Borders tech firm helping hospitals tackle Covid secures fresh funding

A Borders tech business is helping hospitals to tackle coronavirus infections after securing early-stage loan funding.
Amanda Pickford, founder of Kelso based Shock Innovations, trading under ThermaFY.Amanda Pickford, founder of Kelso based Shock Innovations, trading under ThermaFY.
Amanda Pickford, founder of Kelso based Shock Innovations, trading under ThermaFY.

Trading under ThermaFY, Kelso-based Shock Innovations is using the financial boost to support the development of its thermal imaging technology.

An initial loan from the Scottish Microfinance Fund, which DSL Business Finance delivers on behalf of the Scottish Government, was provided to assist as part of an overall package to fund working capital as the business sought to establish itself in 2018.

Hide Ad
Hide Ad

A second sum was subsequently awarded using the Digital Development Loan Fund, a separate Government-funded initiative delivered by DSL in partnership with Lanarkshire Enterprise Services to provide loans to small and medium-sized enterprises (SMEs) working to improve their digital capabilities and capacity.

The loans have helped to fund the development of ThermaFY’s thermal imaging technology, now being used by the NHS in a number of hospitals in the fight against Covid-19.

Formerly a thermal camera hardware distributor, the company identified a void in the use of its affordable cameras. Founder Amanda Pickford discovered that users of the technology required compatible and accessible software. By developing apps, she filled a gap in the market while providing the business with greater longer-term sustainability.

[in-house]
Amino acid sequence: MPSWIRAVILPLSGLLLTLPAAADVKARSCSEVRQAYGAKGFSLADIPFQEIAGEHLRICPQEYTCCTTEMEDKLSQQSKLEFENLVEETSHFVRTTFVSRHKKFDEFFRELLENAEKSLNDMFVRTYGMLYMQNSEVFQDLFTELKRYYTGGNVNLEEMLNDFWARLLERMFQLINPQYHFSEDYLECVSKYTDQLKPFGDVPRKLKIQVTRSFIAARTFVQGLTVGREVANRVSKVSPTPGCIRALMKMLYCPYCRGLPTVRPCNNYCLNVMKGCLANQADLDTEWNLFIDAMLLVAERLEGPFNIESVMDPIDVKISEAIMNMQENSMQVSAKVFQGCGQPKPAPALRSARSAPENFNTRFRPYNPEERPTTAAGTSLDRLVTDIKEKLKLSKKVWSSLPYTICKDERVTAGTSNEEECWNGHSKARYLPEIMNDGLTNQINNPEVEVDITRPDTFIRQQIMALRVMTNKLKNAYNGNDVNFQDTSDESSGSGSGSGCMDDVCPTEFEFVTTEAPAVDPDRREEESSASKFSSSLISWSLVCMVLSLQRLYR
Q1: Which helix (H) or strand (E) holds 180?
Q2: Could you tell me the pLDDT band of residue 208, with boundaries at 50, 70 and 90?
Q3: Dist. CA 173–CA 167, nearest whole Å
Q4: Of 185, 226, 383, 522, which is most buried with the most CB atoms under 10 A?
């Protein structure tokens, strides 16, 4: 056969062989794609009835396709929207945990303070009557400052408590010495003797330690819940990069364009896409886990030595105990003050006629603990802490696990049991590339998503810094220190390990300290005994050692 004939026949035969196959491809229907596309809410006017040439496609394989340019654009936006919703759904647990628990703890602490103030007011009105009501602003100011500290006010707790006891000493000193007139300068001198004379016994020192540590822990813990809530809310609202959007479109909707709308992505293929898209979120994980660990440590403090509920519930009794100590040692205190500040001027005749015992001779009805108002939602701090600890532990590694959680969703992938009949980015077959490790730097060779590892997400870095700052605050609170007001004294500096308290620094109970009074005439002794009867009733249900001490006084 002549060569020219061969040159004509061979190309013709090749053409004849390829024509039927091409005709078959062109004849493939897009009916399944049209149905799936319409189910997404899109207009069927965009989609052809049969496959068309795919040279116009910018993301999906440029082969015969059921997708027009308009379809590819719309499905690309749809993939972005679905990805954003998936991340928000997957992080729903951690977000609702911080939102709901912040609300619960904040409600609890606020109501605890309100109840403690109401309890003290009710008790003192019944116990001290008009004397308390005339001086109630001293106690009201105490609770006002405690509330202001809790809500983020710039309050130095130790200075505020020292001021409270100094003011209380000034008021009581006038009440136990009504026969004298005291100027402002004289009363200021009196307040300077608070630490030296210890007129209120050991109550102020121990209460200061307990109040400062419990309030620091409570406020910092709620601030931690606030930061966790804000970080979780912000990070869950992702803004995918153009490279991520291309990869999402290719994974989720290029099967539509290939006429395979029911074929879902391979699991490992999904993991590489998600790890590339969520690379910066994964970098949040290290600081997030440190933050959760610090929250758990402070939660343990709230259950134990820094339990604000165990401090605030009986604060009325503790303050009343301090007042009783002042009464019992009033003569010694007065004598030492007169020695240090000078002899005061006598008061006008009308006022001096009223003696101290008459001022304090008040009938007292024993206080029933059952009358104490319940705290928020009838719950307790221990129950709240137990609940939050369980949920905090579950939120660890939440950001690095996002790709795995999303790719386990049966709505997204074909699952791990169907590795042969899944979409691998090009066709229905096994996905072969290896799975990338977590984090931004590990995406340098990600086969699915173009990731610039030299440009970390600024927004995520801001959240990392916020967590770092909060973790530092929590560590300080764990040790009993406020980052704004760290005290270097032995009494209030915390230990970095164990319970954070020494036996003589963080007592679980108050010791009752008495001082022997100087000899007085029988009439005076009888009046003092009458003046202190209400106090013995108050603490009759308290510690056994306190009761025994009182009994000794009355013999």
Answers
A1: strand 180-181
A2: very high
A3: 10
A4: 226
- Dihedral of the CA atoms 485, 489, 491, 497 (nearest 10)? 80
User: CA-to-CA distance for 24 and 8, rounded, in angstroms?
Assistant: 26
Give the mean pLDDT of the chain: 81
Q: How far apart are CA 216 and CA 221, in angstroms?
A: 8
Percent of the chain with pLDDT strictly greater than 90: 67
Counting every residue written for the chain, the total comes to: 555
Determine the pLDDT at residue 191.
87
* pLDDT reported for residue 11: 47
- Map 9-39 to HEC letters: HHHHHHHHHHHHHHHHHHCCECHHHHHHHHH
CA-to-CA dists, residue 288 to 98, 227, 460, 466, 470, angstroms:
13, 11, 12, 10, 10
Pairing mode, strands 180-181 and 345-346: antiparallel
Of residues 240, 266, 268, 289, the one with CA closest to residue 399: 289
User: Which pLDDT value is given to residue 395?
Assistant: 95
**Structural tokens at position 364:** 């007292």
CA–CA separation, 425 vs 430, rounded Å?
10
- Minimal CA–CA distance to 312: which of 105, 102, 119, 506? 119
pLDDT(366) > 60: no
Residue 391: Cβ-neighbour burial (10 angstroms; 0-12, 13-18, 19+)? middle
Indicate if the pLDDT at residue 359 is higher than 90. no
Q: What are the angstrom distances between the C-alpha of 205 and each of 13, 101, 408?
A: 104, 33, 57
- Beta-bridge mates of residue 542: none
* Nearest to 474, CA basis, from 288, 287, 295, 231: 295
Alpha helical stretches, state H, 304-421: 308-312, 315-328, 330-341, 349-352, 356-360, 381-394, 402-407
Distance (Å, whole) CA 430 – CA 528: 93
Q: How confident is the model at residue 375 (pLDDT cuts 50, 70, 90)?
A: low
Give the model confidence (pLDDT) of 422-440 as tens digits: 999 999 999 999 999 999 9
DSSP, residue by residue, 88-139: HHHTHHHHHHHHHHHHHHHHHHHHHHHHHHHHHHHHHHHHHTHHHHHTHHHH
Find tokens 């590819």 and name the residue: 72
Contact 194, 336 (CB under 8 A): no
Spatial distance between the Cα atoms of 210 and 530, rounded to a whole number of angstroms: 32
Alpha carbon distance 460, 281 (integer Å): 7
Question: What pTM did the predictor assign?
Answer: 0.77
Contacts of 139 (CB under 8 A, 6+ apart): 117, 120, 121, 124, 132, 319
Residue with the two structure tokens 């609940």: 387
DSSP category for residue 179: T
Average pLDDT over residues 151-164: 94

Pickford said: “During the first pilot our systems scanned over 150,000 people in just three months. Now the stations are a permanent feature, scanning over 7,000 patients and staff every day. Helping to give people confidence that the hospitals are a safe environment.”

ThermaFY Group operates through three main internal brands covering a range of sectors in energy, digital health and agriculture. In 2020, it was approached by Microsoft to take on a project identifying foot and mouth disease in cattle in Columbia.

Pickford added: “Though our work in the digital health sector has been a big focus in the past year, our partnership with Microsoft to identify foot and mouth disease in cattle is ongoing. We have also been working on similar projects studying mastitis with local dairy farmers and the Edinburgh Veterinary Hospital.”

Stuart Yuill, executive director at DSL, said: “We were very impressed with Amanda’s extensive experience within the sector.”

A message from the Editor:

Thank you for reading this article. We’re more reliant on your support than ever as the shift in consumer habits brought about by coronavirus impacts our advertisers. If you haven’t already, please consider supporting our trusted, fact-checked journalism by taking out a digital subscription:

Related topics:



Want to join the conversation? Please or to comment on this article.